We dodged a bullet, that's what one official is saying in New Zealand after a powerful earthquake rocked the country on Friday. It had a magnitude of 6.5, but apparently caused no serious damage. The quake was centered here near the northern tip of New Zealand's South Island. It was felt right across the Cooke Strait in the capital Wellington. Buildings there shook and many people rushed to get out of the city. Train services were suspended, which made traffic worse.

Police say a number of people were trapped in elevators.

Well, Mari Ramos is at the world weather center with more on the situation in New Zealand. But of course weather elsewhere as well -- Mari.


And let's go ahead and take a look over here. And I want to talk to you a little bit about the earthquake region here of New Zealand. This is an area, of course, no stranger to strong quakes.

Now it is right on the edge of two major plate tectonics -- the Australian plate on this side and the Pacific plate on this side.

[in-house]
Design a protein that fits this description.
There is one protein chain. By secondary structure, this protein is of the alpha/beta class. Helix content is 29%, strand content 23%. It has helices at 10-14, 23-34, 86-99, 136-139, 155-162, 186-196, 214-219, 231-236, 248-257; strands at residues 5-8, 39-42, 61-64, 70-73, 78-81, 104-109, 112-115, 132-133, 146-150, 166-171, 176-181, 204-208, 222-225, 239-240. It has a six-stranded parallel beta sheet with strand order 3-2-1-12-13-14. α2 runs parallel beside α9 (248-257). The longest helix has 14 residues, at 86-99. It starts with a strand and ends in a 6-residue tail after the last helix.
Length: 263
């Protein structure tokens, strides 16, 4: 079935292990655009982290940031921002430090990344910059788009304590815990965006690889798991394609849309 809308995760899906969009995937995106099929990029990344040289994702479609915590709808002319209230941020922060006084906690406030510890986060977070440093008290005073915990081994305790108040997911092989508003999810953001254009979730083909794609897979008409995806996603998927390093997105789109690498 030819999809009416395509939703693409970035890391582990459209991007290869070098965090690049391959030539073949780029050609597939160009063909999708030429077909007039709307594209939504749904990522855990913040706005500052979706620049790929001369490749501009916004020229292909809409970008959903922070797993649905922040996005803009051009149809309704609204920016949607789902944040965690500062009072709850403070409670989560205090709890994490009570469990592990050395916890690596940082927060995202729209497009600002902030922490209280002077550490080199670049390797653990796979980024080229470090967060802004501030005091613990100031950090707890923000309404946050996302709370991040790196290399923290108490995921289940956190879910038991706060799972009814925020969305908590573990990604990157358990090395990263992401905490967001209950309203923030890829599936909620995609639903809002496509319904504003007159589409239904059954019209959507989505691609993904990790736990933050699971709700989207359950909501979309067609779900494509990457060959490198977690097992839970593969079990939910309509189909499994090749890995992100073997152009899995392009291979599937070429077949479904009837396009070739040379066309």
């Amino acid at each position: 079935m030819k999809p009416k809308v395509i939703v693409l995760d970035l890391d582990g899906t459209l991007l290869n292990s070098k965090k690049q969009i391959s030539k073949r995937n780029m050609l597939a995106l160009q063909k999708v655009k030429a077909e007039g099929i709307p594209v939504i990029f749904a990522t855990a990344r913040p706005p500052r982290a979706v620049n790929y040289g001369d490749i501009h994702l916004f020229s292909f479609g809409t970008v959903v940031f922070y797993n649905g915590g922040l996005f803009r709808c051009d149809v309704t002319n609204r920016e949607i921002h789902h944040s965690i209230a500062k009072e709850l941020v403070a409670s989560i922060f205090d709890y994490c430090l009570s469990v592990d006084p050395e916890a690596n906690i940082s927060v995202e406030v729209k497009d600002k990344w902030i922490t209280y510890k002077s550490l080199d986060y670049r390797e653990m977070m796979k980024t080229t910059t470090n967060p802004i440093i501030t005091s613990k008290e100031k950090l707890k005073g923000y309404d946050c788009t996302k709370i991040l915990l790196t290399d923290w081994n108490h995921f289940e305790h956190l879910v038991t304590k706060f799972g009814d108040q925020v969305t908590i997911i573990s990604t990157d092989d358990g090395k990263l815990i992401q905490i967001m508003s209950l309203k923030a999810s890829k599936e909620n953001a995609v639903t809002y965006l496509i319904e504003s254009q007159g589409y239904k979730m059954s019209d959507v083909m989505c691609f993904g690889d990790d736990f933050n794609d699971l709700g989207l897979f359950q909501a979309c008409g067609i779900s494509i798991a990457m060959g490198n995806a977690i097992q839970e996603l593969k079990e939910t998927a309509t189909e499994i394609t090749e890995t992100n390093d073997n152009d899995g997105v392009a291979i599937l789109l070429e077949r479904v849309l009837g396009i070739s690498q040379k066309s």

If we zoom in a little bit more, you can see how this is in an area of convergence. And what happens here is this plate right over here is moving in that direction. And this part of land is moving in the opposite direction. So they collide in this region and sometimes move a little bit side to side. And this was a strike-slip quake. In other words, the two plates are moving side to side and that's what cause it.

We zoom in a little bit more, and I do want to you where the epicenter happened, that's where the star, that red is. And all of these other little dots that you see here are aftershocks that have occurred. And we are expecting these to continue for days and weeks to come. This is fairly normal after a quake like this.

And the colors that you see here is what is called the shake map. You mentioned Wellington. They felt the shaking there in the images that you showed us.

It is quite a distance a way, as you can see. They did have some shaking here as well. It was pretty significant. You can only imagine what it was like in these areas where they had moderate to heavy shaking from this earthquake.